Muscadine Lines: A Southern Journal

A Man of Few Words

Monique Bos

I wait for Cliff on the landing outside the apartment, his apartment, the spring air thick with the greasy smell of the bacon that is his dinner sizzling on the stove. His baby kicks against the inside of my ribs, making me gasp sometimes. I hear the bass throb of the engine before I see the rusted arrogance of his car pull into the lot. The apartment where I sleep and keep my clothes and clean and cook is his; his money pays the bills. But he has no claim on the stairs. They belong to the entire building, and I have nowhere else to meet him where I can look him in his narrow, angry eyes, not intimidated by his large rough body or his name on the lease.

I wait for him on the landing, and he glares at me as he climbs heavily, his chest working and his face red over his grease-spattered uniform shirt. “There a reason you’re standing in the middle of the stairs?” he asks.

“Yes,” I say. “To tell you goodbye. I’m leaving.”

He looks at me with a dullness that is less stupid than incredulous at what he perceives as the world’s constant betrayals of him. I used to ache at that sense of betrayal, used to believe I could ease the pain he carried on his slouched shoulders and in his hawk’s eyes. That was when we were young, of course, so long ago it seems like a dream, when I hadn’t tasted a cigarette or a shot of whiskey or a man’s tongue pushing against the inside of my mouth. He introduced me to all of those things, saved me from the awful isolation and obscurity of those who fall between the cracks in high school. And in return I guess I believed I could save him from the world, or from himself; I thought I could stave off the hell that lurked behind his silences and his eyes.

I see now what I saved him for: this moment on the stairs with the smell of bacon wafting on the breeze and my feet swollen from carrying his child and my eyes puffy with crying, this moment on the stairs when realization breaks slowly across Cliff’s face.

“I’m leaving you,” I say again. “For good. But you’ll be okay; your dinner’s on the stove.”

I had to tell him out here. I know too well the rage that constantly surges through Cliff, the rage I used to mistake for pain. Inside his apartment with his furniture and his clothes and his food, I would only choke the words back into my throat as I have too many times before. But I’ve discovered that words are solid, and if you swallow them long enough they build up in your throat and start to strangle you. And it’s not only me being strangled now but the baby squirming inside me, too, and Cliff’s anger released on my body has cost me one baby already.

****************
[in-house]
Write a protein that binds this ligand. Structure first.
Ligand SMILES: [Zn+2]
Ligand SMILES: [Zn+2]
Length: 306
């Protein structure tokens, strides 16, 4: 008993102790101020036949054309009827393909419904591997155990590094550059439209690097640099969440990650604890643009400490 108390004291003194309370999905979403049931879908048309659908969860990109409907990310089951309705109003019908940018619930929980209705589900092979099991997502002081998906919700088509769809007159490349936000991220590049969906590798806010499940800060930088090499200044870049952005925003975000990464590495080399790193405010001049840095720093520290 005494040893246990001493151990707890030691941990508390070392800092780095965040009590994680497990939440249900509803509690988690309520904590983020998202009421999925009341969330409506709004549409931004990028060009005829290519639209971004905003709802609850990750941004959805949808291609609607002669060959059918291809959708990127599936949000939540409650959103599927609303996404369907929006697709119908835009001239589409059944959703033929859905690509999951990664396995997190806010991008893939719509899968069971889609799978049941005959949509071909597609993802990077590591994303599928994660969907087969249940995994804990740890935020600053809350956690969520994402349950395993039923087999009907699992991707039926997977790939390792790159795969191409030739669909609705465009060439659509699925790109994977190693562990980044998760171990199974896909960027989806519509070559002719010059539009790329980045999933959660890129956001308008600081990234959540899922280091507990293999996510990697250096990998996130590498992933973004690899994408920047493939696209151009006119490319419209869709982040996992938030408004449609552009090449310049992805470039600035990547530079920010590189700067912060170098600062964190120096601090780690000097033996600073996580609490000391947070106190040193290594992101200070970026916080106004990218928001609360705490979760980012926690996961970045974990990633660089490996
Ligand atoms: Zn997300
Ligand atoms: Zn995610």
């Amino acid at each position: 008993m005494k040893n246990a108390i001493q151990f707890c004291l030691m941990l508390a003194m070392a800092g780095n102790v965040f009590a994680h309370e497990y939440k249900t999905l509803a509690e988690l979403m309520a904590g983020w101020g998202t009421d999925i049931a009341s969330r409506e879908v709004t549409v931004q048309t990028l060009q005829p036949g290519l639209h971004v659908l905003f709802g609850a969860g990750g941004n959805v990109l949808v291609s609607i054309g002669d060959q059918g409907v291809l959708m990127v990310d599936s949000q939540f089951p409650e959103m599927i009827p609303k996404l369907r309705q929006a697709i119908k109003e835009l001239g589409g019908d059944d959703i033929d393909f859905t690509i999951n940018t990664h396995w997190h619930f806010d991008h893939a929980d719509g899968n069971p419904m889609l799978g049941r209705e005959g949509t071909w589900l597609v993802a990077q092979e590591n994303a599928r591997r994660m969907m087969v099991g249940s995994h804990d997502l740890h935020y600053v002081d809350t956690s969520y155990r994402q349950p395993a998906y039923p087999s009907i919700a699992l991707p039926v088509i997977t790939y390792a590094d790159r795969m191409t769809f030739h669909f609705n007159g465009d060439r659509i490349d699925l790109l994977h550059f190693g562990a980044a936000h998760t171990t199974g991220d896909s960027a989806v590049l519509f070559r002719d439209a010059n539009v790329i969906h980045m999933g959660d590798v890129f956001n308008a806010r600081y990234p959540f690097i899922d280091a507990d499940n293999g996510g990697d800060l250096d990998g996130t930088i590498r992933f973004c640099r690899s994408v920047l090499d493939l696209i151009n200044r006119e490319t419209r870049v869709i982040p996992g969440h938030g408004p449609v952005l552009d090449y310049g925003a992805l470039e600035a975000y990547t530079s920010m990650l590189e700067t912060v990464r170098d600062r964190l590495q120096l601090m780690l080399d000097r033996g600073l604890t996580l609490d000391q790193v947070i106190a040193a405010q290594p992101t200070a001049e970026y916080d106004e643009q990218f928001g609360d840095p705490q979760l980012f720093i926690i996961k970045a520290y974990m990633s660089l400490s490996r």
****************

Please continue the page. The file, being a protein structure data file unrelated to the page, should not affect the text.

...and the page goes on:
Would I still have fallen in love with him if I’d been able to see this denouement? If I could have looked across time to this third-floor apartment with wooden stairs that are icy in winter and splintery in summer, to the roaches who share my food, to the beast of a man who grunts and heaves in our bed on nights when there’s no money left for him to gamble or drink away? If I’d known that loving him would cost me college and a journalism career, a house and every other dream I’d ever had, even the child who altered those dreams by forcing me into this marriage?

Cliff says nothing. Cliff is a man of few words.

He stands aside, and as I pass him on the way down I smell the stale odor of his breath and the sickly tang of his sweat. My suitcase already is at my mother’s house; I have only to walk to the bus stop now. My fingers on the railing quiver.

Then Cliff’s hand pushes against the small of my back and I teeter for a moment before gravity claims my weighted body and I crash down the stairs. I think as I fall of Scarlett O’Hara tumbling down the flight in her magnificent front hallway, think of how even her soft red carpet could not save her baby from the angles and corners. I feel a vague relief that I will not after all have this child either.

I remember the day I knew I loved him, the day he came into English class fifteen minutes late and smuggled a bottle of Jack Daniels around the back row while the teacher was copying vocabulary words onto the blackboard. “Try it, Katie,” he said, and I did, and maybe it was the way his eyes glowed with fierce intensity when he looked at me that made me love him, or maybe it was his half-amused, half-woeful expression when the teacher handed him a detention slip for tardiness. Falling in love felt so wild and wonderful and out of control, so exhilarating, a cruel parody of this fall down hard stairs to the certainty of the cracked concrete sidewalk.

As I crumple on that unyielding ground, my last realization is that the tone of the bacon smell has changed, and Cliff’s dinner is burning.


Monique Bos earned a master’s degree in literature from the Pennsylvania State University. Her work has been published in newspapers and magazines, and she has taught college writing courses. A longtime resident of Savannah, Georgia, she is in the process of relocating to Seattle.

© Monique Bos

Muscadine Lines: A Southern Journal ISSN 1554-8449, Copyright © 2004-2010